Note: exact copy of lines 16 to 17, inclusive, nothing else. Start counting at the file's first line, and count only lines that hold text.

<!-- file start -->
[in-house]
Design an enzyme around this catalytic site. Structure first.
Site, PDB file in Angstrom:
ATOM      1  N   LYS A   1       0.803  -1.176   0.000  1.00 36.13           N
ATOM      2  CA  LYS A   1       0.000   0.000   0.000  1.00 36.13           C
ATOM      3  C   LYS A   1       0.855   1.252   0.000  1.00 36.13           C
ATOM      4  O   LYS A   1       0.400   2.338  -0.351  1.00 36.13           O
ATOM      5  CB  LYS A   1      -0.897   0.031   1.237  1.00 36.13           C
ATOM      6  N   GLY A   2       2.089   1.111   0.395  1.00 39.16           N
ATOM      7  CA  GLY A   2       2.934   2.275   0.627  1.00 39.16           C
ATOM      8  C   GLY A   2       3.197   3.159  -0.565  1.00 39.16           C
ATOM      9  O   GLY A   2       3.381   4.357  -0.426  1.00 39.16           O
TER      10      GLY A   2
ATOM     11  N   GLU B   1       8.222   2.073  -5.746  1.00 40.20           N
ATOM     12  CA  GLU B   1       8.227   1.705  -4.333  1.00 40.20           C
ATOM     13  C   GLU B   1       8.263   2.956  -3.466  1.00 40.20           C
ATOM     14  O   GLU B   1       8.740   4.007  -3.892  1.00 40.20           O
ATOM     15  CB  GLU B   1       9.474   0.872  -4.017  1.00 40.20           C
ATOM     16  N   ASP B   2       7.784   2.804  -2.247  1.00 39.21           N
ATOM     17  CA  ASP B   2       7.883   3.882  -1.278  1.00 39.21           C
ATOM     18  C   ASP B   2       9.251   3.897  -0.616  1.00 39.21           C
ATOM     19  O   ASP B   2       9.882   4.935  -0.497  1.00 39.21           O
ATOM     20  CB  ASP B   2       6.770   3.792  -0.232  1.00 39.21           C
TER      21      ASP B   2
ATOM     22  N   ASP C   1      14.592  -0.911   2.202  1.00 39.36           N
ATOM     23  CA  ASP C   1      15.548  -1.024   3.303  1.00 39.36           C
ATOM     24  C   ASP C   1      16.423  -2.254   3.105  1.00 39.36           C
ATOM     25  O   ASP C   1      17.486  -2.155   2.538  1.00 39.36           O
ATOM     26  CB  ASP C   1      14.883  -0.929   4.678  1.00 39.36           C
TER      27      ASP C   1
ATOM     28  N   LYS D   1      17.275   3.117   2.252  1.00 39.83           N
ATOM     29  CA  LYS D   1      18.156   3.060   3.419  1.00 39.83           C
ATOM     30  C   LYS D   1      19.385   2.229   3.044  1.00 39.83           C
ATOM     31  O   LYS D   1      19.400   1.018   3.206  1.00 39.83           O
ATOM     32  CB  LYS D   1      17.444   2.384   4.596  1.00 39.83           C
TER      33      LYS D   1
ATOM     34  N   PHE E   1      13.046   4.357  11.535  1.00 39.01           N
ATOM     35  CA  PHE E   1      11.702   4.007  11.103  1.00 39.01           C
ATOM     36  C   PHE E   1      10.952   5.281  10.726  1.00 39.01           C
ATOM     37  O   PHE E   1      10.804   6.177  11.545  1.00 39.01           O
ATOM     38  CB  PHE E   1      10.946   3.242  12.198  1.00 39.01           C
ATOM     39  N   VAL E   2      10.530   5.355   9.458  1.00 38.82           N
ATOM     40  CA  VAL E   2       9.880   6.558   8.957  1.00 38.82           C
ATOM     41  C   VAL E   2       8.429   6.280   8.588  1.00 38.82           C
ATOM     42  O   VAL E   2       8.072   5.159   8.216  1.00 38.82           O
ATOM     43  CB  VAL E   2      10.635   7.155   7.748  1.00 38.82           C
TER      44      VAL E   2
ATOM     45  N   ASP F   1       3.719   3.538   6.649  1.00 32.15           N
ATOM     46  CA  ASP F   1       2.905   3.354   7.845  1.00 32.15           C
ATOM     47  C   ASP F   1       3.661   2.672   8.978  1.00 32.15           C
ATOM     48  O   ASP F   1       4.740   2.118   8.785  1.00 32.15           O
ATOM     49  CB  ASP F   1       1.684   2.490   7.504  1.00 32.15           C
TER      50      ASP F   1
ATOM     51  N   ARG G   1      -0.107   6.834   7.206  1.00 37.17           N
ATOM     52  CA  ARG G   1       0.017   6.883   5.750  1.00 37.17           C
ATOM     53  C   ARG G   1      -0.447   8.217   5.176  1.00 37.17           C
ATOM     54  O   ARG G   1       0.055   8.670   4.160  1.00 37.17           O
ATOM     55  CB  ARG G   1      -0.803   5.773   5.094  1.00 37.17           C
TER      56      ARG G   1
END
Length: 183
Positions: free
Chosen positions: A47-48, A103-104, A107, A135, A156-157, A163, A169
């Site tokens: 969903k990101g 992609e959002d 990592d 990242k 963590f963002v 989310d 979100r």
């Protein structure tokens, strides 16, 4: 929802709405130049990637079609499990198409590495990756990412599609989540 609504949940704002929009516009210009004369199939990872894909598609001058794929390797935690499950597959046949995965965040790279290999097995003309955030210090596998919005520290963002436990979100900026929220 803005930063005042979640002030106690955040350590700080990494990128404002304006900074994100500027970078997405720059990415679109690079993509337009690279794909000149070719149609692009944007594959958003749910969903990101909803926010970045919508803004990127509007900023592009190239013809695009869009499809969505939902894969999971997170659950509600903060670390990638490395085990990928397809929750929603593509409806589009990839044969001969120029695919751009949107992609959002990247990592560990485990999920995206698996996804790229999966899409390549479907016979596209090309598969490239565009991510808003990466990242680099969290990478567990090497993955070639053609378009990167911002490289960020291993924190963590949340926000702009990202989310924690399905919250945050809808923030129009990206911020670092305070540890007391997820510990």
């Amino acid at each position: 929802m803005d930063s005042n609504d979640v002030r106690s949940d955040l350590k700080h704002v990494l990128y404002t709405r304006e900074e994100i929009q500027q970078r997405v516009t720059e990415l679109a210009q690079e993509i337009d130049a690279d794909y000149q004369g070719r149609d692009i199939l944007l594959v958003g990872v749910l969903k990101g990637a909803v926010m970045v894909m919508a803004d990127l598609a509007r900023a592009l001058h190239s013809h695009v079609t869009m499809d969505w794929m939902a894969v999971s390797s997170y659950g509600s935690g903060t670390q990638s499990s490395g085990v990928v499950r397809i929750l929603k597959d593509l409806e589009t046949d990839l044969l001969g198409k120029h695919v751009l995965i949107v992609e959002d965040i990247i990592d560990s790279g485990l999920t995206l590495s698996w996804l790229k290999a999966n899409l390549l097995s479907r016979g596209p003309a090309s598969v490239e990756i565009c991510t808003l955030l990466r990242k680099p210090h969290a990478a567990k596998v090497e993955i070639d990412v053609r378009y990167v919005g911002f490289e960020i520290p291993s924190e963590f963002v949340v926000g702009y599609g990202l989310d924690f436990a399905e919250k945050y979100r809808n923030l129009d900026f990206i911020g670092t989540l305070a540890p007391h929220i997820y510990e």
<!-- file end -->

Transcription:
ATOM     13  C   GLU B   1       8.263   2.956  -3.466  1.00 40.20           C
ATOM     14  O   GLU B   1       8.740   4.007  -3.892  1.00 40.20           O